Most dogs get a tick on their bodies at least once in their lives. If your dog spends time outdoors, even in the backyard, then it’s possible she may end up with a tick buried up under skin at some point. And if you take your dog on a lot of adventures hiking or exploring in the wilderness, the chance increases by quite a lot.
When your dog gets a tick, it’s important to recognize how to remove it safely to ensure the health of your dog. Read through the steps below so you can learn more about removing ticks from your dog safely, efficiently, and effectively.
Have Help if Possible
Ask a capable adult or older teen member of the family to help you with the tick removal. It’s best not to ask a child, as they may not be able to sit still well enough to keep your dog calm, and they may be too bothered by (or interested in) the tick itself to prevent distractions.
With help, you can focus on the removal of the tick itself while the other person soothes and holds down the dog. Some dogs may panic at the sensation of having a tick pulled off their skin and may need a little extra assistance in staying calm throughout.
Get all your supplies together before you begin. You won’t need much, but you will need a good, sturdy pair of tweezers. It’s best to use the sharper style of tweezers than the dull or blunt ones, but you can safely remove a tick with blunt tweezers if you’re patient in the process.
You will also need to gather some cotton balls and some rubbing alcohol. You might also want to get some dog treats to have on hand, especially if your dog will need to be calmed down during the tick removal process.
Use the tweezers to grasp the tick’s body, then pull straight up. Don’t pull at an angle at all, as this may cause the tick’s body to break off and leave the mouthparts still buried up under the skin. Pulling straight up significantly reduces this risk.
It may take a few tries for you to get hold of the tick with your tweezers, especially if it is already burying itself further under your dog’s skin. Take your time, be patient, and remember to remain calm. Ticks are scary and unpleasant, but you will be able to remove it just fine.
Clean the Bite and Wash Up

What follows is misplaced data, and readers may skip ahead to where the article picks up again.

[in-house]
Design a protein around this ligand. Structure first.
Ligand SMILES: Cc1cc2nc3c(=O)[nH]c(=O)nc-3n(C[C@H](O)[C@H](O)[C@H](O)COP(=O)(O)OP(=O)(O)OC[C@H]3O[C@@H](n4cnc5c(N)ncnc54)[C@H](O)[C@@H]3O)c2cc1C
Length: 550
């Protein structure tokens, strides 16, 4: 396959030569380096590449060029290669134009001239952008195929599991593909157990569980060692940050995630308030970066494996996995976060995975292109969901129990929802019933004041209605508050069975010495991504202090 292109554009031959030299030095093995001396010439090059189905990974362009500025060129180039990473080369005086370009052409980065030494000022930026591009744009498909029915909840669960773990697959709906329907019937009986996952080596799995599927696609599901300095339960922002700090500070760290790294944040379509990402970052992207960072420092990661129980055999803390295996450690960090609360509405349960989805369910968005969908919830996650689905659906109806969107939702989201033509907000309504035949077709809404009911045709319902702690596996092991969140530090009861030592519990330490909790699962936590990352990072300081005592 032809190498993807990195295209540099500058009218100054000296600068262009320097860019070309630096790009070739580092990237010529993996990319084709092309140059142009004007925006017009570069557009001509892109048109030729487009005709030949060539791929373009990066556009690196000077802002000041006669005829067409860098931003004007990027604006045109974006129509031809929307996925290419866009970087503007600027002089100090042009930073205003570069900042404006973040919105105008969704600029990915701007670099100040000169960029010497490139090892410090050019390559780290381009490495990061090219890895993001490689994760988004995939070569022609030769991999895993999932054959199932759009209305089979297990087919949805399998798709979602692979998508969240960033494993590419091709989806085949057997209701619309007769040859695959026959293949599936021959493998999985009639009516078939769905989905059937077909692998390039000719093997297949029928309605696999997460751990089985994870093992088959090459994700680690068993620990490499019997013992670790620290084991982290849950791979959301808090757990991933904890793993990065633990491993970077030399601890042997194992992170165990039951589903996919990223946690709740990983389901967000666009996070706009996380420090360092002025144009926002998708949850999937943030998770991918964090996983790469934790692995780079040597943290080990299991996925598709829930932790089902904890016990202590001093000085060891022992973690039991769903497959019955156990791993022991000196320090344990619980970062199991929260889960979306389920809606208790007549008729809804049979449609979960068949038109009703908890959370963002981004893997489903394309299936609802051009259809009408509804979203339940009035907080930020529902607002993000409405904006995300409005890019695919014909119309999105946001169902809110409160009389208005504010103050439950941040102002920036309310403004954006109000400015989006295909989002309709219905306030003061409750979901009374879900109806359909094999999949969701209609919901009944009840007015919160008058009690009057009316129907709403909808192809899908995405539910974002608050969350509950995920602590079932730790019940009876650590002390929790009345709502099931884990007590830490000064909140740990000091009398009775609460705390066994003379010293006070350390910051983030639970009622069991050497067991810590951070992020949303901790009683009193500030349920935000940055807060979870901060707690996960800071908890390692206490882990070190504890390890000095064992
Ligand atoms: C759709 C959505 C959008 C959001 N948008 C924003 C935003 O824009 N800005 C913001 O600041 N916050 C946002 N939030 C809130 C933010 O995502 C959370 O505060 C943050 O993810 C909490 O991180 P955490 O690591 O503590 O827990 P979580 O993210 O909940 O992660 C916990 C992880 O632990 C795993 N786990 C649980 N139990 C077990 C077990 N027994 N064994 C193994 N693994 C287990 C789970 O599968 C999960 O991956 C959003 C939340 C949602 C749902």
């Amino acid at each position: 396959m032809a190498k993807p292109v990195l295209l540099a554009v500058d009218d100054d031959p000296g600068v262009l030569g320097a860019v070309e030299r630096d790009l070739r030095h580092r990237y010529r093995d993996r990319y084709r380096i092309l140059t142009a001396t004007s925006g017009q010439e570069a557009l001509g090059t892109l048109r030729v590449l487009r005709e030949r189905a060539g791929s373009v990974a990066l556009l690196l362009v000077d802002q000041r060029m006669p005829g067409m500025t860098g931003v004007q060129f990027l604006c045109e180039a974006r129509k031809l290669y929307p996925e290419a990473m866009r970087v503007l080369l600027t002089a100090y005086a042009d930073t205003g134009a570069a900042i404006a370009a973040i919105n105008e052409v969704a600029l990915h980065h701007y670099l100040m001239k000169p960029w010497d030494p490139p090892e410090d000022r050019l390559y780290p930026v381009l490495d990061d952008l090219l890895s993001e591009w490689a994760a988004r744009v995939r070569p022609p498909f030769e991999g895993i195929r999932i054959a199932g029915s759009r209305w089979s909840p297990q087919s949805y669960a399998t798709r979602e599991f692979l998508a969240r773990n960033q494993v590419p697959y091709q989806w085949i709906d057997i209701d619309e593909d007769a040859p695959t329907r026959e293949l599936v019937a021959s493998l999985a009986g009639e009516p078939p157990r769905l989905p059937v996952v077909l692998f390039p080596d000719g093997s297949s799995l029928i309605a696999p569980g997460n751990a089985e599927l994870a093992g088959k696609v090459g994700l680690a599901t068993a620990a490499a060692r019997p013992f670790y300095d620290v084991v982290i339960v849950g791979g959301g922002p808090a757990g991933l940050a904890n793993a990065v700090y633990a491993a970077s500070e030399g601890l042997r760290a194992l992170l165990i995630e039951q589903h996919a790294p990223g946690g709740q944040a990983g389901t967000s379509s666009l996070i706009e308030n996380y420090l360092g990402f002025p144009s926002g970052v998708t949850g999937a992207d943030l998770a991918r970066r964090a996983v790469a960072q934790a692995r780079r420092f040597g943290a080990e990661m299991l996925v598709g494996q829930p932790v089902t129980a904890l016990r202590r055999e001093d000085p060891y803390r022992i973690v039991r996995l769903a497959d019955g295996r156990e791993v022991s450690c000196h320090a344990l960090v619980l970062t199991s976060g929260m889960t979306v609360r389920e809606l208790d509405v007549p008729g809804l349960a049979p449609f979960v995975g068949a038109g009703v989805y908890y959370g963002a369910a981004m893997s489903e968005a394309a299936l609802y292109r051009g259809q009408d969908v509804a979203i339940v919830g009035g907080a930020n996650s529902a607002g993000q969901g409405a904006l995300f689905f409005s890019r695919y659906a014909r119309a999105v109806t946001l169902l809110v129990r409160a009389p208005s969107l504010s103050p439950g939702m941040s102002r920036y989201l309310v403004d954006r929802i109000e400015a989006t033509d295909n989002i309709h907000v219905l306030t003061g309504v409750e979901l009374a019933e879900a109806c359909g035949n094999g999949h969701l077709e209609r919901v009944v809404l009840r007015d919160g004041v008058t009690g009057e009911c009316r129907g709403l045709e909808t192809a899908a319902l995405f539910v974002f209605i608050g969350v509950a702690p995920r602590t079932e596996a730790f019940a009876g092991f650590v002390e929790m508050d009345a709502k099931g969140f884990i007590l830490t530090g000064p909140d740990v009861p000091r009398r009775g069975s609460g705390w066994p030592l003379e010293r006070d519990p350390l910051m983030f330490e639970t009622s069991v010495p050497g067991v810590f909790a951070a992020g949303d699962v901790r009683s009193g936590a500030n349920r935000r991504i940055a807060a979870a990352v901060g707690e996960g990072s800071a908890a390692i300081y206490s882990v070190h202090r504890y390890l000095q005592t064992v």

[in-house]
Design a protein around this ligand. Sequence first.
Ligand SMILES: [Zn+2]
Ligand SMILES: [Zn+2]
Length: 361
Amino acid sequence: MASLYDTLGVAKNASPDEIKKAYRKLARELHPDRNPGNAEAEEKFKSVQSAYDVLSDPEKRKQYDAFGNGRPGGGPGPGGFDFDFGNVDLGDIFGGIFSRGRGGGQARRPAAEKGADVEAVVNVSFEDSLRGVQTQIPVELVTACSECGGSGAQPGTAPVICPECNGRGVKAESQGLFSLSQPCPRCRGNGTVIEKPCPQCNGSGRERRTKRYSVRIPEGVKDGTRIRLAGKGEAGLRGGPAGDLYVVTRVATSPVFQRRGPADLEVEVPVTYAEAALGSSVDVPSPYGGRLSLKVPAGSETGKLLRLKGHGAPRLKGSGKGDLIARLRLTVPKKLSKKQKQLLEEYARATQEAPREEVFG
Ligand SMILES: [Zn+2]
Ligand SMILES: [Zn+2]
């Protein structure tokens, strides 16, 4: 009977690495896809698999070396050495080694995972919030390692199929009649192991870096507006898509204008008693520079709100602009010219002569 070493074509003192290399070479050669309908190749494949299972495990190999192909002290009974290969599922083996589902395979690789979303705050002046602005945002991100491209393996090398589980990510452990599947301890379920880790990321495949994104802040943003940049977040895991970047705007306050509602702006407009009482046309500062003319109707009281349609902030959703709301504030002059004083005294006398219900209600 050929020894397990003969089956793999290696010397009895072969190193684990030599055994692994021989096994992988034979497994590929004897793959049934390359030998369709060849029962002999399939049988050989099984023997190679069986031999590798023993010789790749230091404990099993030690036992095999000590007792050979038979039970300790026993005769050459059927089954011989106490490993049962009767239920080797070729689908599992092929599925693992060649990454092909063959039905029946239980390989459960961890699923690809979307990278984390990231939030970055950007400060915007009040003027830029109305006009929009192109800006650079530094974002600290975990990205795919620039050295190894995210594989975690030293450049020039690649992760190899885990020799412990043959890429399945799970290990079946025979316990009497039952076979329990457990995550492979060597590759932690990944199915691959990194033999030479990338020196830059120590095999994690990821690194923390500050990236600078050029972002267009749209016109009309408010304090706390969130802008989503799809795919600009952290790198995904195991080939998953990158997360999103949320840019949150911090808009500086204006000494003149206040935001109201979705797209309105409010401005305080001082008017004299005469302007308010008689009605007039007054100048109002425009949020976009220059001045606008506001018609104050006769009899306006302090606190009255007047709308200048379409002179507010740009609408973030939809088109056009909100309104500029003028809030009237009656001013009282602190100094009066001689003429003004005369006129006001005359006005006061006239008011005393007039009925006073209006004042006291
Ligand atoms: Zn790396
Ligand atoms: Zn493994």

Use alcohol on a clean cotton ball to clean and disinfect the bite area. You may want to repeat this step a couple more times over the next day or two just to be sure the bite doesn’t get infected.
Use alcohol to clean the tweezers and any other items you might have used while removing the tick. Don’t forget to wash your hands thoroughly, too, so you can prevent the spread of tickborne diseases to yourself or other members of your family. Cleaning up after tick removal is just as important as the timely removal of the tick.
Don’t Use your Fingers
Using your fingers is not an effective way to remove a tick, and you should only do this if the tick is on your dog’s fur and hasn’t even started to bury up underneath the skin yet. A buried tick should only be removed with tweezers or tick removal sticks.
When you use your fingers, you risk breaking off the tick’s “head” (just its mouth) and leaving it in your dog’s skin. You also risk squeezing the tick and causing more saliva to enter your dog’s body, which increases the risk of tickborne disease by quite a lot.
Don’t Use Fire
You’ve probably heard the myth that you can burn a tick off by using a lighter. This isn’t a good idea for dogs, and it’s not a good idea for humans either!
Fire doesn’t usually cause a tick to let go of the skin. It can also sometimes cause the tick to release more saliva, which increases the risk of disease. And when it comes to dogs, using a lighter next to your dog’s skin is not safe at all.
Call Your Vet with Concerns About Removing a Tick
With the help of this information, you should be prepared to get ticks off your dog if the time comes. If you notice any problems surrounding a tick bite, make sure to take your dog to your Birch Lake Animal Hospital veterinarian right away for a thorough examination.
Remember, too, that you should have your dog vaccinated against Lyme disease. Lyme disease can be deadly to dogs, and even if it is not fatal, it can cause lifelong health problems that may be avoided with the vaccination.
About Birch Lake Animal Hospital
The staff at Birch Lake Animal Hospital seeks to provide the best possible medical care for our highly-valued patients and clients.